Getting out of Australian cities for the first time gave me the opportunity to appreciate what a green country Australia is. Far from what I perceived it to be from the images of the outback we normally associate it with. Being out of the city also gave me my first chance to fly my drone which I had been eager to do since I’d arrived in Melbourne. The stunning forestry and wave ravaged cliffs were the perfect way to capture my first drone footage of the country.

Long time, no see

After two nights in Tathra, I headed back toward Sydney stopping to meet an old friend Tim who I used to teach wheelchair skills with back home. Tim and his family emigrated over here about ten years ago and it’s a big change from where he was in central London to the peaceful seaside town he lives now just outside of Gerringong.

Tim gave me a tour of the town, showing me his favourite spot at a rockpool next to the sea. He calls it his happy place. I can relate to that when I think of how much I enjoy being at the lake and waterskiing back home. The rockpool is currently home to an octopus that enters through a pipe that runs in from the sea and Tim says offers something interesting to see when snorkeling. Seems about as far away from a hectic London lifestyle as you can get.

My original plan was to stop at a motel on the way back to Sydney and drive the final leg in the morning to get the car back for a 10am drop off. Tim kindly offered me somewhere to stay which was very welcome both for the company and to avoid another drive after a long day. A home cooked meal went a long way and it was good to catch up with Tim about life in Australia and his own venture into teaching wheelchair skills down under.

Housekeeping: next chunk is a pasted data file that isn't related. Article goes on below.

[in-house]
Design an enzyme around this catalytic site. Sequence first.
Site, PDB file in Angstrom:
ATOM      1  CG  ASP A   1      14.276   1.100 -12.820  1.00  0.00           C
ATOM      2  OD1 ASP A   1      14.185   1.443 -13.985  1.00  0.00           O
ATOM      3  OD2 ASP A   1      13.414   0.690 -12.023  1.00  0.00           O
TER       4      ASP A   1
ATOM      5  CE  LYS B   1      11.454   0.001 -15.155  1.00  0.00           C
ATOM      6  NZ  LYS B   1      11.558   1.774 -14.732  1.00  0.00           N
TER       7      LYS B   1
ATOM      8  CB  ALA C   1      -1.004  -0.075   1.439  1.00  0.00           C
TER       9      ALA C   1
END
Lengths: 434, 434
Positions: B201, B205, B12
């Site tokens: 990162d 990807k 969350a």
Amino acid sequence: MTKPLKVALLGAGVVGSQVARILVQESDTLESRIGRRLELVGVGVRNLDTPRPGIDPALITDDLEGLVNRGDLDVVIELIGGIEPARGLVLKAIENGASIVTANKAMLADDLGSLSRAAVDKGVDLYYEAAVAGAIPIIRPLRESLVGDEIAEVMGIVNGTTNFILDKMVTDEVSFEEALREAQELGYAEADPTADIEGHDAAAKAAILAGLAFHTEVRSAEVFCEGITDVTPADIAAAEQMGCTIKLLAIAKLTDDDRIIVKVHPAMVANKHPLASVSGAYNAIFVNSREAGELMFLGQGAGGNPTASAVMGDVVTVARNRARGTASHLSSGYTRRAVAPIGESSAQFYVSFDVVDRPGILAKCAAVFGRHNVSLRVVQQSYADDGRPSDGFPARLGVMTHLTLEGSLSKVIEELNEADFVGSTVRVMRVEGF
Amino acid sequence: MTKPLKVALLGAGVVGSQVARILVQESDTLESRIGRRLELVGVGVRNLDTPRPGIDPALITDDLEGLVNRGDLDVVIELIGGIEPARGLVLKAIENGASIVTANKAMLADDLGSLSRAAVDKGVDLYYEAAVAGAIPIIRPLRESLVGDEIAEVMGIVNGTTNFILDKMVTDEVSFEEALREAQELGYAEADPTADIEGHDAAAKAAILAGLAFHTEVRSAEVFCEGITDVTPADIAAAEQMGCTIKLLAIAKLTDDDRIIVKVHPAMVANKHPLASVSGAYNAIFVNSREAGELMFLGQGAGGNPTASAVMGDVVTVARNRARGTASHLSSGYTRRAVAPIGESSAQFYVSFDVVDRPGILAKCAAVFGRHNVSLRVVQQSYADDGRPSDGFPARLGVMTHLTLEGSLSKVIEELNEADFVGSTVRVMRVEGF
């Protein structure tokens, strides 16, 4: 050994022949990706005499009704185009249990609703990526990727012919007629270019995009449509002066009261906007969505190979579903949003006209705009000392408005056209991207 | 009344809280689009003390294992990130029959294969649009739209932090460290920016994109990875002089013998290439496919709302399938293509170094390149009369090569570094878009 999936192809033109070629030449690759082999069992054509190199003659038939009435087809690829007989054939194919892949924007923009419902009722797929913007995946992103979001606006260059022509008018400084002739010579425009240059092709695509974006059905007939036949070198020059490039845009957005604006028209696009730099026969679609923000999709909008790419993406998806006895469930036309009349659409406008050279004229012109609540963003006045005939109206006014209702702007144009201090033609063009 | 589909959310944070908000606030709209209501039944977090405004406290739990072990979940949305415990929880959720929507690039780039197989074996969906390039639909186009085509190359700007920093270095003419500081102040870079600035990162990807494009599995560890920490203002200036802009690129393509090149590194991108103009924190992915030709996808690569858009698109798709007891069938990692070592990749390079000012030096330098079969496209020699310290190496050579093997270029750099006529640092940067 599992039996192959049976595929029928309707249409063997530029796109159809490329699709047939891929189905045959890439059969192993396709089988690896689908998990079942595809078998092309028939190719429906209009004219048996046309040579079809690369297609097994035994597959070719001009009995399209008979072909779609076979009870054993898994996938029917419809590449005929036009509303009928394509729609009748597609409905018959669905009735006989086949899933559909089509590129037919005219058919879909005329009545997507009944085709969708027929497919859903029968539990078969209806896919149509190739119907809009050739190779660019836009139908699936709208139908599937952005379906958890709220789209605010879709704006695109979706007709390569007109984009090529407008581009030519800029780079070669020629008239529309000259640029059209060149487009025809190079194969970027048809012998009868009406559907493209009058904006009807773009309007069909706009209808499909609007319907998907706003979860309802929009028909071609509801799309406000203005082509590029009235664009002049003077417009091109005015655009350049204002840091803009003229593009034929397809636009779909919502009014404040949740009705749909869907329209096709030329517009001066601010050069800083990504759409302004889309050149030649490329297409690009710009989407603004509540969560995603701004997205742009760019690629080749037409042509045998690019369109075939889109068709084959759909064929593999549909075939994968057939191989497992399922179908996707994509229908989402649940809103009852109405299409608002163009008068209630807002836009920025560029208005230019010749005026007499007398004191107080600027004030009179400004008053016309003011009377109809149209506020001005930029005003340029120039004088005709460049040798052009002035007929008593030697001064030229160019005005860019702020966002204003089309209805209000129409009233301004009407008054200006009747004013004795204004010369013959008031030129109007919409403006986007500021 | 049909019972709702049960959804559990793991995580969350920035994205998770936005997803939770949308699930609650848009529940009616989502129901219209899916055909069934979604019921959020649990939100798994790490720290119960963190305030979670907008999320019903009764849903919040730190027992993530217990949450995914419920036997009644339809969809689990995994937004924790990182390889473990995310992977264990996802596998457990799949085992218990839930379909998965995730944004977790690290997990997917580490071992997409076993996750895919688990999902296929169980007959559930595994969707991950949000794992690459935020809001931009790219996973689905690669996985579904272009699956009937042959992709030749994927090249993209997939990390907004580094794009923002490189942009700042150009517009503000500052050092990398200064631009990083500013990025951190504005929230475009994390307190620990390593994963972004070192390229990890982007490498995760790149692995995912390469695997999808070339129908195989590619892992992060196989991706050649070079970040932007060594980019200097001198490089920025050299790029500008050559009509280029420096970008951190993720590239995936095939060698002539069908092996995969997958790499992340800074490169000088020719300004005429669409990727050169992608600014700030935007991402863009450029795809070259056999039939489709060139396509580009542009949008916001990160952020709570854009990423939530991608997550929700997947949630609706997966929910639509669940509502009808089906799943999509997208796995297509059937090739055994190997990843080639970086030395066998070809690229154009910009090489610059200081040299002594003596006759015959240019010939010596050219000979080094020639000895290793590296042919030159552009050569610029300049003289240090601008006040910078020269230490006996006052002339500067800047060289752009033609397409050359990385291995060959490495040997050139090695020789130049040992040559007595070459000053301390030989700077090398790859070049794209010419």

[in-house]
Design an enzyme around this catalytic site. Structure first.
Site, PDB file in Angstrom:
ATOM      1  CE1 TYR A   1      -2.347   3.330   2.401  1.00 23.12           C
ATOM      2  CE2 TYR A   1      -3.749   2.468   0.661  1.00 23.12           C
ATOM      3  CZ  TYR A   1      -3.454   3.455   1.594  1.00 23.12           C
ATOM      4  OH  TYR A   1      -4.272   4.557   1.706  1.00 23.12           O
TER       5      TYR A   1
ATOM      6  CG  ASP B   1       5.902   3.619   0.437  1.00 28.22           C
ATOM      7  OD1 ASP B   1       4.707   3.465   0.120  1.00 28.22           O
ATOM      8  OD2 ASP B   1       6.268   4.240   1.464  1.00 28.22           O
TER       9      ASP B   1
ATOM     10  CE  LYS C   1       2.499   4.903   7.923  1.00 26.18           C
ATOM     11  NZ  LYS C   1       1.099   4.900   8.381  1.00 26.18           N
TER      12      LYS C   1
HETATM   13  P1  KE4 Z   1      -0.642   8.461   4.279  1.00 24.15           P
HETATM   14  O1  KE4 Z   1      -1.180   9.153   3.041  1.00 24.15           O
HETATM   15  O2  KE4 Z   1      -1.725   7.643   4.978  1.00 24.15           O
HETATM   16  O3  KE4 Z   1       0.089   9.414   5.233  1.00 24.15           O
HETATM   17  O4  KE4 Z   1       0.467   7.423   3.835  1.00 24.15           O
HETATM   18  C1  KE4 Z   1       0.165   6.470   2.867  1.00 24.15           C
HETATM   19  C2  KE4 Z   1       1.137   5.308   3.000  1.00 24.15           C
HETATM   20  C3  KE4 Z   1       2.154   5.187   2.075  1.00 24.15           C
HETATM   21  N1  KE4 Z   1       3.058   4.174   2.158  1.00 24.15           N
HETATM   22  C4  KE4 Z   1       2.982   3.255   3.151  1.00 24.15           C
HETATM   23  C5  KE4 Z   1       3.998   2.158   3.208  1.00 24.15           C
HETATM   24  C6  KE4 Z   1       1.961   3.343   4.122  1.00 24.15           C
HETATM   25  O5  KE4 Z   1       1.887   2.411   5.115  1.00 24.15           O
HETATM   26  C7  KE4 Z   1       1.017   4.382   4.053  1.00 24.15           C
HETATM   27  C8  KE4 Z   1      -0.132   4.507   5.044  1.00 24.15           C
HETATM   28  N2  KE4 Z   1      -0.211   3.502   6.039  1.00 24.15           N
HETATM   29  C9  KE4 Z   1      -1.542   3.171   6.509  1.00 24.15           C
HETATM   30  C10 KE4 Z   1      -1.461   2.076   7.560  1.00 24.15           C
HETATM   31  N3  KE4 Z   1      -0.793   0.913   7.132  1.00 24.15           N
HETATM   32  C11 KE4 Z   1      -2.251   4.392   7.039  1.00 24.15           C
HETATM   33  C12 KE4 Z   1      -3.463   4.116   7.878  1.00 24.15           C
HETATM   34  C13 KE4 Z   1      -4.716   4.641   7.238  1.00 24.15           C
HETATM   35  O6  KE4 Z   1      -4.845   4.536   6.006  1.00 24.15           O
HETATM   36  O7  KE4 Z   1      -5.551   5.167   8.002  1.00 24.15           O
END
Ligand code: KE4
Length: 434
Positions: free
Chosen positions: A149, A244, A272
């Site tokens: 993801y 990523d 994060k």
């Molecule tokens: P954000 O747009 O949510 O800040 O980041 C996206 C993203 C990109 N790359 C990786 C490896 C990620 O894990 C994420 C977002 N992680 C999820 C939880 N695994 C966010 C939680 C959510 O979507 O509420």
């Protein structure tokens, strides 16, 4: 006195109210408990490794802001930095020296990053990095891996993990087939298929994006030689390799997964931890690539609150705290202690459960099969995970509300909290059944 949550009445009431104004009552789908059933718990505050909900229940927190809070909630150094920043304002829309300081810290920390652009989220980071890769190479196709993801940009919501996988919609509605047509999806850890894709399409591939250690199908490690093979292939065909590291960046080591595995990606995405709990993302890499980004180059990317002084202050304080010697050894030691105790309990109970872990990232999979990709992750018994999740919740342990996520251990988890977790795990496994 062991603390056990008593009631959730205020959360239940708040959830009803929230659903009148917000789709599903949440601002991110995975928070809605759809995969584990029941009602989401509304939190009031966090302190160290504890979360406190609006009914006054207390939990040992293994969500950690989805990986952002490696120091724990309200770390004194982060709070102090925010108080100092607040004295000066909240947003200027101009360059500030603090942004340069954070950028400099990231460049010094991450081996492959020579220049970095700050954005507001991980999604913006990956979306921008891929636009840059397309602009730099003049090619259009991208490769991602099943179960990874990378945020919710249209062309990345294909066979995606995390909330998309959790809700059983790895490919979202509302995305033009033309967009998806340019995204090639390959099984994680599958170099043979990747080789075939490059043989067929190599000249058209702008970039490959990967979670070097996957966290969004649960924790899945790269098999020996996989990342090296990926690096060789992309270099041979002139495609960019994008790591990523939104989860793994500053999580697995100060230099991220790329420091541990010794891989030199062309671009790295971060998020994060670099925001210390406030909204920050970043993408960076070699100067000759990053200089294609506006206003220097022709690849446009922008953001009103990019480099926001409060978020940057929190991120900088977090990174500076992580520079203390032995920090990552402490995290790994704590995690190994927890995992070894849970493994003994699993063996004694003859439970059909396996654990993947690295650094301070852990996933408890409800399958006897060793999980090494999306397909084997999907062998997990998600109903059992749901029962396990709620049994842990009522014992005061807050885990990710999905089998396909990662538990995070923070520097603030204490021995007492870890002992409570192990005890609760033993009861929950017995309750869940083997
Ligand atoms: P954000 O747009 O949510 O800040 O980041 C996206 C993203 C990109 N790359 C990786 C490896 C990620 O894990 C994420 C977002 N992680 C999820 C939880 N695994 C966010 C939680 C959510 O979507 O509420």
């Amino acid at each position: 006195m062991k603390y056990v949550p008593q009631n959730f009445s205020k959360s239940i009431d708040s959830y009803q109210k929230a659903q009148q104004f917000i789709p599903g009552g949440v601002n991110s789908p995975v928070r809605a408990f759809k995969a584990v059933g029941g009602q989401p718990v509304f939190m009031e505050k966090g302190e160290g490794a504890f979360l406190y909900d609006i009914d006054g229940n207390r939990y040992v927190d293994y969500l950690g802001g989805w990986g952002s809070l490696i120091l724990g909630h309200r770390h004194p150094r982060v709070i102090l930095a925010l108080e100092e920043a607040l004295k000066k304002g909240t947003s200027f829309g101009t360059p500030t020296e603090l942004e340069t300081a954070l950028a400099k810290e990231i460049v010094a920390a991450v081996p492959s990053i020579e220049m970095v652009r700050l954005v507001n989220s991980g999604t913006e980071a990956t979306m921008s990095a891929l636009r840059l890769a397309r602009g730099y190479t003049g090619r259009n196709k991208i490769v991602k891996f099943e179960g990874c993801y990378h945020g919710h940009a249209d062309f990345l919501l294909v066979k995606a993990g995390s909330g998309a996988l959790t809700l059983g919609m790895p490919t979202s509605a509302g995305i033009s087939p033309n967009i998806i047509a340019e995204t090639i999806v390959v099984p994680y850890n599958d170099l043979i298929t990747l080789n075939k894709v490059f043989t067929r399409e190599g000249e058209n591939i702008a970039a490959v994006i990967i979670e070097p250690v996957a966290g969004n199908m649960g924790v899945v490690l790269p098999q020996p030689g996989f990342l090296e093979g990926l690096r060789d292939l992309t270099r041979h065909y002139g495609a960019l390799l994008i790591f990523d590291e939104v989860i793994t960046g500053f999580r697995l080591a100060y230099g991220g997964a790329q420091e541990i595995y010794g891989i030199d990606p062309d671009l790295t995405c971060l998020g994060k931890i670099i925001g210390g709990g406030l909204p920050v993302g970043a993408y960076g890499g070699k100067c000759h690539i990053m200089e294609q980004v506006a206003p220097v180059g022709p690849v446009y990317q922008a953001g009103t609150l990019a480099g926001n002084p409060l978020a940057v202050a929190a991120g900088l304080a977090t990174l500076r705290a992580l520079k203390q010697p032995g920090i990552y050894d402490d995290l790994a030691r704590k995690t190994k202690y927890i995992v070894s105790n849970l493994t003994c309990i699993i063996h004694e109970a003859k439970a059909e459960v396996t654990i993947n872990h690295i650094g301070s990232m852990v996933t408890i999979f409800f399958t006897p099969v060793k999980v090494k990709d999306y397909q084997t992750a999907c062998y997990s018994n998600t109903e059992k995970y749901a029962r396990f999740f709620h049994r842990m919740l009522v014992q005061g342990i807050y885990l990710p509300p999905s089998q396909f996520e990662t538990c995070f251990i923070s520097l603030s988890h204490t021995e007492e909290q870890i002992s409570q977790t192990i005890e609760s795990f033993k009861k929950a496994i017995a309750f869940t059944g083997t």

Back in Sydney

I dropped the car off with a quick inspection to reveal no damage done, I received the $500 deposit returned. The only extra payment that came through later on was for a couple of toll roads I used to get back into the city. Looking back, taking the toll roads was a bit pointless as a car crash meant it would have probably been faster not using them.

I headed back to the YHA hostel near Central station. This was by far the best choice for staying in Sydney. The central location of the hostel made accessing everywhere I wanted to go in the city extremely easy. Staff were helpful and when I rocked up at 11am after returning the car, they let me into my room even though it was a 2pm check in time.

The slight downside was the accessibility of the hostel. The only accessible bathroom, which had a sizable lip to get in, was on the fifth floor and my room was on the seventh floor. They did offer to switch my room to the fifth floor to make accessing the bathroom easier but by that point I’d met the other guys in my dorm and found they were pretty decent, so switching to a new dorm was a risk I was not willing to take.

Expanding scope